I've thought about writing this for a long time. I've read through all the sourcebook offerings to date, followed activity on this site and elsewhere, run and
played in a bunch of 4e games so far. And I think this is the right time to say I can't give you any more of my money, WotC.
I thought about carefully organizing and listing my grievances and disappointments, but I can already hear the angry cries of me wasting my fellow forumites' time. And I do think most of the people here are
worthy of respect, part of a hobby that promotes creativity, passion, and imagination - so I'm going to keep it short and hit the high points.
I don't like what D&D has become, I don't like how you've handled it, and I don't like where it's going. It's not that I think it's a bad
game, and I know you worked hard on it. I'm glad that there are players out there who do
enjoy it and think it has improved the hobby more than it's hurt it.
I just can't get excited about it. It feels like a pale shadow of what I wanted 4e to be, and it's not what I want out of my D&D. I think you listened a little too
intently to those who clamored for balance
, to be honest, and sacrificed too much in attaining it. I'm a fan of many options, and I think too many were lost or made uninteresting.
The "it's a movie and the PCs are the stars" tack 4e has taken, with increased abstractions and focus on either carefully channeled mechanics (i.e. combat) or DM fiat in other situations to "get back to the action", just doesn't mesh with the living, breathing campaign worlds I like to play and DM in, though I'm sure other people like it.
There are many improvements made in 4e, and I am glad to see it progressing along those paths. For each improvement I see though, I notice something that was either made worse or (more commonly) tossed by the wayside as "unworkable", rather than taking the time to perfect what might have merit. But I understand you are a business and can't always afford spending forever in R&D, just as I understand the tools I like for my games are not universal.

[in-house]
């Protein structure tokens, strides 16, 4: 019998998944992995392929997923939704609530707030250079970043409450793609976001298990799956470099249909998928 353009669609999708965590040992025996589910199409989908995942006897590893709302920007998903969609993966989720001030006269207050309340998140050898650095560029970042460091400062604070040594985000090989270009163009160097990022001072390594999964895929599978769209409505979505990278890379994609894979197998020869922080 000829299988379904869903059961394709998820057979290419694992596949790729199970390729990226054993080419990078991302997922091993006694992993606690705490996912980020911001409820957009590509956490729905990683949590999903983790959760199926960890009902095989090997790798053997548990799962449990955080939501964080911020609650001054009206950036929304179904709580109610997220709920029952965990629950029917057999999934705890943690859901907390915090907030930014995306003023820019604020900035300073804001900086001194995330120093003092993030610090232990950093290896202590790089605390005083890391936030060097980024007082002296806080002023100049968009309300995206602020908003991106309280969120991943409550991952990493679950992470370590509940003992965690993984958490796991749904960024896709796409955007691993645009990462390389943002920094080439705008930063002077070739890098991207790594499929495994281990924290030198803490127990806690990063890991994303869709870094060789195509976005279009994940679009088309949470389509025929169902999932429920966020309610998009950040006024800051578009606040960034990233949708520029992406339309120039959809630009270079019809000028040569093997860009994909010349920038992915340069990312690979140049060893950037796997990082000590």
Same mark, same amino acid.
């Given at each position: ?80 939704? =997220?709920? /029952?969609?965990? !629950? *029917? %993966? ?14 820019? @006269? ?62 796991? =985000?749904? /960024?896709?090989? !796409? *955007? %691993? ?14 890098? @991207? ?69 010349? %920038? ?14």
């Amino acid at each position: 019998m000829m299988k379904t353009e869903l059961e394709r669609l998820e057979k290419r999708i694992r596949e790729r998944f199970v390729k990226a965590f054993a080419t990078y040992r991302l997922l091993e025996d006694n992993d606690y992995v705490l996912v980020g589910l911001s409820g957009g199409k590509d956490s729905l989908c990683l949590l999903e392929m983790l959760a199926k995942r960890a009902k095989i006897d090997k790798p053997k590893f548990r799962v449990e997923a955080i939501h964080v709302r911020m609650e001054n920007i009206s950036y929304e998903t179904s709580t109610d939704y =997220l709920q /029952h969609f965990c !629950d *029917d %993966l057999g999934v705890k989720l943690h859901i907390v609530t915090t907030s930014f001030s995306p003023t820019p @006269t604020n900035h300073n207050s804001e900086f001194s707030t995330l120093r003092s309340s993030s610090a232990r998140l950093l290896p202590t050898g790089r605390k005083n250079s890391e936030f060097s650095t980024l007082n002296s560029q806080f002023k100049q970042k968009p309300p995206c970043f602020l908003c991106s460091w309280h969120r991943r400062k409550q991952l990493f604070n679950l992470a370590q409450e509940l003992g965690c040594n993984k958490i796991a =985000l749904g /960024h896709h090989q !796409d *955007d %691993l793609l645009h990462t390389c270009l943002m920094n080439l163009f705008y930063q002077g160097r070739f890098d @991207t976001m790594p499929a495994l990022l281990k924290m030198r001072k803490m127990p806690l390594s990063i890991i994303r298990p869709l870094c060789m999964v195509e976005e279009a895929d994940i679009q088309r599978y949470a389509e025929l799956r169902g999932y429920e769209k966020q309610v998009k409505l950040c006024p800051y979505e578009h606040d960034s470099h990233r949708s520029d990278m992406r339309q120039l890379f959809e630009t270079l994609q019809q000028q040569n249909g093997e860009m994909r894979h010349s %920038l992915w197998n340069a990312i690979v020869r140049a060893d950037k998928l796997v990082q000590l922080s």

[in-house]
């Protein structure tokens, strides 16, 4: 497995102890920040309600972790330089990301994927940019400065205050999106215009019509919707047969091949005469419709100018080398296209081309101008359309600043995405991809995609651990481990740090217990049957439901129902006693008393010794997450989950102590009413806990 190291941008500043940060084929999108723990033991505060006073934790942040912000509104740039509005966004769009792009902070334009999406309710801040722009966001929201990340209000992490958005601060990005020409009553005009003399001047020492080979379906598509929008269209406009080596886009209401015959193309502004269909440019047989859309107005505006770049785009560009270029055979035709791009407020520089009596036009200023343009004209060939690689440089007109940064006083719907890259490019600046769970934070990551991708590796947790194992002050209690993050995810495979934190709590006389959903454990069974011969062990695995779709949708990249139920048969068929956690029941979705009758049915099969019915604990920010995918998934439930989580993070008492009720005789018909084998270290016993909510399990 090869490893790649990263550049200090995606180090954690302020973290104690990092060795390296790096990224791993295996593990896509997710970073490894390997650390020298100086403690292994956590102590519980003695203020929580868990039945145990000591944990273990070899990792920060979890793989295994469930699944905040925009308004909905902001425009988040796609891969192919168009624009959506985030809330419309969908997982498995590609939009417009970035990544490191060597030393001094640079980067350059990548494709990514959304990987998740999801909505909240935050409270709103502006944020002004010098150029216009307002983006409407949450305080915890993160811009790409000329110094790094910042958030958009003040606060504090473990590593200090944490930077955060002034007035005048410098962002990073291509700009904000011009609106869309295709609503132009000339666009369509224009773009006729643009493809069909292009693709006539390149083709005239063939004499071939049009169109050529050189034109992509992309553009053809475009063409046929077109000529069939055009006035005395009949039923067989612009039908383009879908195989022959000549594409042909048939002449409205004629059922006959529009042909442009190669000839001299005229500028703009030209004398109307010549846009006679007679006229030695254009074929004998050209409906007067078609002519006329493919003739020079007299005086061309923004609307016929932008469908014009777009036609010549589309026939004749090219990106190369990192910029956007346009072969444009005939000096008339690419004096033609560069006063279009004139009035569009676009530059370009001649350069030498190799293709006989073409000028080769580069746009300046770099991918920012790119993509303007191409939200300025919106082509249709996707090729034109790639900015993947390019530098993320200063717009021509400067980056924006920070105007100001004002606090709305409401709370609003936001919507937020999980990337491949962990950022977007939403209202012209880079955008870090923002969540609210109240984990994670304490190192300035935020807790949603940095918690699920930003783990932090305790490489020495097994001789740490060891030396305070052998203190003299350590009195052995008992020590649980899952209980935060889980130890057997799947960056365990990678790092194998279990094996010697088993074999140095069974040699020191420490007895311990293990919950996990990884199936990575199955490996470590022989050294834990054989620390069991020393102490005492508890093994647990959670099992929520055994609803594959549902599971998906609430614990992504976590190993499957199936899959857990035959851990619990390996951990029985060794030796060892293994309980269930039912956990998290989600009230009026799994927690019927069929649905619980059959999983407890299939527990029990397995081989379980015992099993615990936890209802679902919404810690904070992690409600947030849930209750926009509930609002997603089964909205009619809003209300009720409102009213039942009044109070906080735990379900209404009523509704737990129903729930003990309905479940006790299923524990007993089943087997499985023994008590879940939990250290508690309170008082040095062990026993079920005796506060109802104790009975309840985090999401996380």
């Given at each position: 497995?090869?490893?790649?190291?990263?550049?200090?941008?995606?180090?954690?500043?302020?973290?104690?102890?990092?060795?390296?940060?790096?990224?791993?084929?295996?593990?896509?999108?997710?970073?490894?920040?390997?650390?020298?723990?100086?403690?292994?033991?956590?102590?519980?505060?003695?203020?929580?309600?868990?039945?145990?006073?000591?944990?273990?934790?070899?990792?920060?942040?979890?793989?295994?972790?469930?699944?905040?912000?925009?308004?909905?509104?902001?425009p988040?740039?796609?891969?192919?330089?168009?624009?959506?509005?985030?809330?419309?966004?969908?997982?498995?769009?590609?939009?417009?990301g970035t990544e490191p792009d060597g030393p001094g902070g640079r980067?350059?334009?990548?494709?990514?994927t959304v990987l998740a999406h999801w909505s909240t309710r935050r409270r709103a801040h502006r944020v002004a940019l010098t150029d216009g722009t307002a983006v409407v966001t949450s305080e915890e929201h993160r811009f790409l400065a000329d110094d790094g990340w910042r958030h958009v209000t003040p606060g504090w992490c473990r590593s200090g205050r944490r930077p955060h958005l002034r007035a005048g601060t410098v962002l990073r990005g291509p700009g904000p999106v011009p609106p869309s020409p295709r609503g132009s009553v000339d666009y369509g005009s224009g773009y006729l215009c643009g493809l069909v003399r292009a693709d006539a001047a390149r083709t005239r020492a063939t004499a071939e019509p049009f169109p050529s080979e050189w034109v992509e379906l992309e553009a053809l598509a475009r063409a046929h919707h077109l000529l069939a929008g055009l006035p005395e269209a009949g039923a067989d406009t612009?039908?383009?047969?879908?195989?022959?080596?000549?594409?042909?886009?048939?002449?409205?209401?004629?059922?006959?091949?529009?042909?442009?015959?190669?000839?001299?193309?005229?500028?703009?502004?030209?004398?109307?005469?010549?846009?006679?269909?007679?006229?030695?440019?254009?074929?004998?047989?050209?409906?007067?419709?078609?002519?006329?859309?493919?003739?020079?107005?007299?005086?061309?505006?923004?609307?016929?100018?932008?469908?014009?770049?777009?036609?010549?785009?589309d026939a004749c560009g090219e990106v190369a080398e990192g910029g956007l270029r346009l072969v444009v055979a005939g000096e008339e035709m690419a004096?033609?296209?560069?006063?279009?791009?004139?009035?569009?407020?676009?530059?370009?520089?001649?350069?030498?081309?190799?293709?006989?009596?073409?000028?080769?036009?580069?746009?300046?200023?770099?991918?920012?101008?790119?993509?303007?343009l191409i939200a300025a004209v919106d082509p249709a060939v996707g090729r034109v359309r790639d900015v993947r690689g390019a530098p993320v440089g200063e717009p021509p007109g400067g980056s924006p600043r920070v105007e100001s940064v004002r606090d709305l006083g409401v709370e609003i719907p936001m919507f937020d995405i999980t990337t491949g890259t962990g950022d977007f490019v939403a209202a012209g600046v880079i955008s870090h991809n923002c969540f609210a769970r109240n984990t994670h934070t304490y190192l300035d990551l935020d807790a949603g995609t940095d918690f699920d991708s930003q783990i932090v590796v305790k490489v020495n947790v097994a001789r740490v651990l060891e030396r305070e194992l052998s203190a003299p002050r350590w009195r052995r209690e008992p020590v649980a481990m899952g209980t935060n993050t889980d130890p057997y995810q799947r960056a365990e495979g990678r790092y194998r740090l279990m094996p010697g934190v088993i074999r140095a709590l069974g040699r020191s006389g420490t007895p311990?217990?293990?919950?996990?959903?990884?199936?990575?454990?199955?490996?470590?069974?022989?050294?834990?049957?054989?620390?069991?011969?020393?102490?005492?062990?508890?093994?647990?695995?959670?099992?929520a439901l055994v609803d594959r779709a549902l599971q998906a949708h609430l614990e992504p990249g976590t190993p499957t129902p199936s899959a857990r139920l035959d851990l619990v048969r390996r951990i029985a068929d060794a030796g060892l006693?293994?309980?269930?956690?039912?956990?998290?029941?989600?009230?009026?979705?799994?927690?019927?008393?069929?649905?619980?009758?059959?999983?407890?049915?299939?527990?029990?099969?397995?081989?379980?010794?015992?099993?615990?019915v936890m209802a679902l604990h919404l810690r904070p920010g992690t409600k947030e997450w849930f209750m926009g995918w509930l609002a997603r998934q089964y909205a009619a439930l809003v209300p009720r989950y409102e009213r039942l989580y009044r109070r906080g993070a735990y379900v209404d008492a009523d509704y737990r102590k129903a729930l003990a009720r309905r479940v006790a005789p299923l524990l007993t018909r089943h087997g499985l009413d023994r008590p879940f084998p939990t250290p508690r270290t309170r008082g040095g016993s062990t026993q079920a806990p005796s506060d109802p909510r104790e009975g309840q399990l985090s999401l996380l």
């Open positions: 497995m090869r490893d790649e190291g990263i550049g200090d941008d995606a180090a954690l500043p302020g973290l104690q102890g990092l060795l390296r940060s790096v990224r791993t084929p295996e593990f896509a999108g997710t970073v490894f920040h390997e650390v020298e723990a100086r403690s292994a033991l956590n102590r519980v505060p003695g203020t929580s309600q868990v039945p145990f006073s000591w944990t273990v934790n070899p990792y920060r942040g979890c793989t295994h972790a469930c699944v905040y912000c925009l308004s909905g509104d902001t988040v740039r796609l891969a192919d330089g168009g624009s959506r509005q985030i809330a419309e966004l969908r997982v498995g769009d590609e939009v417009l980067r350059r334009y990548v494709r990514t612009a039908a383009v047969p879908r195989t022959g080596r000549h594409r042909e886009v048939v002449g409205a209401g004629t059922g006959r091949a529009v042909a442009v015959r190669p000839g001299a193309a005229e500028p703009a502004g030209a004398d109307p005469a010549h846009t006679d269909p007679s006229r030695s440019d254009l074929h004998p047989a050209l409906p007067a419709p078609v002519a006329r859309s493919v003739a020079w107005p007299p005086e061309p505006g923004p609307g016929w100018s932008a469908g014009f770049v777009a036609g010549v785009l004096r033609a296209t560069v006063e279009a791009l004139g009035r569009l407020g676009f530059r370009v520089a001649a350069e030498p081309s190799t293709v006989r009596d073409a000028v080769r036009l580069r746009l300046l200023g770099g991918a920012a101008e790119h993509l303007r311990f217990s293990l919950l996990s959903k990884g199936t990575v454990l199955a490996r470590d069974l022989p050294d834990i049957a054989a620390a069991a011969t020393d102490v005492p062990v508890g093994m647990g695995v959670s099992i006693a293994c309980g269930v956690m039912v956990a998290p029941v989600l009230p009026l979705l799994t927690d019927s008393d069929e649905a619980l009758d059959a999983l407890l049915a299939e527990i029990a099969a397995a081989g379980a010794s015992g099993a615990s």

This is why, all of the above I can forgive, even though it's the reason I'm prefer the previous edition (with its many flaws requiring houserules). But I don't think you've handled
4e all that well either, and I'd like to help point out where you could improve so that you have input for the future.
The three core books, the only 4e books I own and ever plan to, have become badly smudged in places due to the poor quality ink. They are also scribbled all over in red with me keeping up with the errata, sometimes replacing entire sections (like Stealth). I very much appreciate how responsive you've been with
those errata updates - but I think it would do wonders for your customer goodwill if later books don't require so much of it to function - and that you are more careful in the future about what printers you used.
I know you're now printing core with updates included and better ink, and I applaud it - but it doesn't really help me. My books are going to become unusable at some point due to blurring, and I'm not buying new ones due to someone else's mistake.
DDI is a problem. It is damaging to your customers to make promises or generate buzz you can't back, and even moreso to avoid admitting you screwed up out of some fear of showing weakness. Showing your customers a human side and that you're willing to improve and make amends can have surprising results.
I am just fine with paying for your online material, but I am not fine with the amount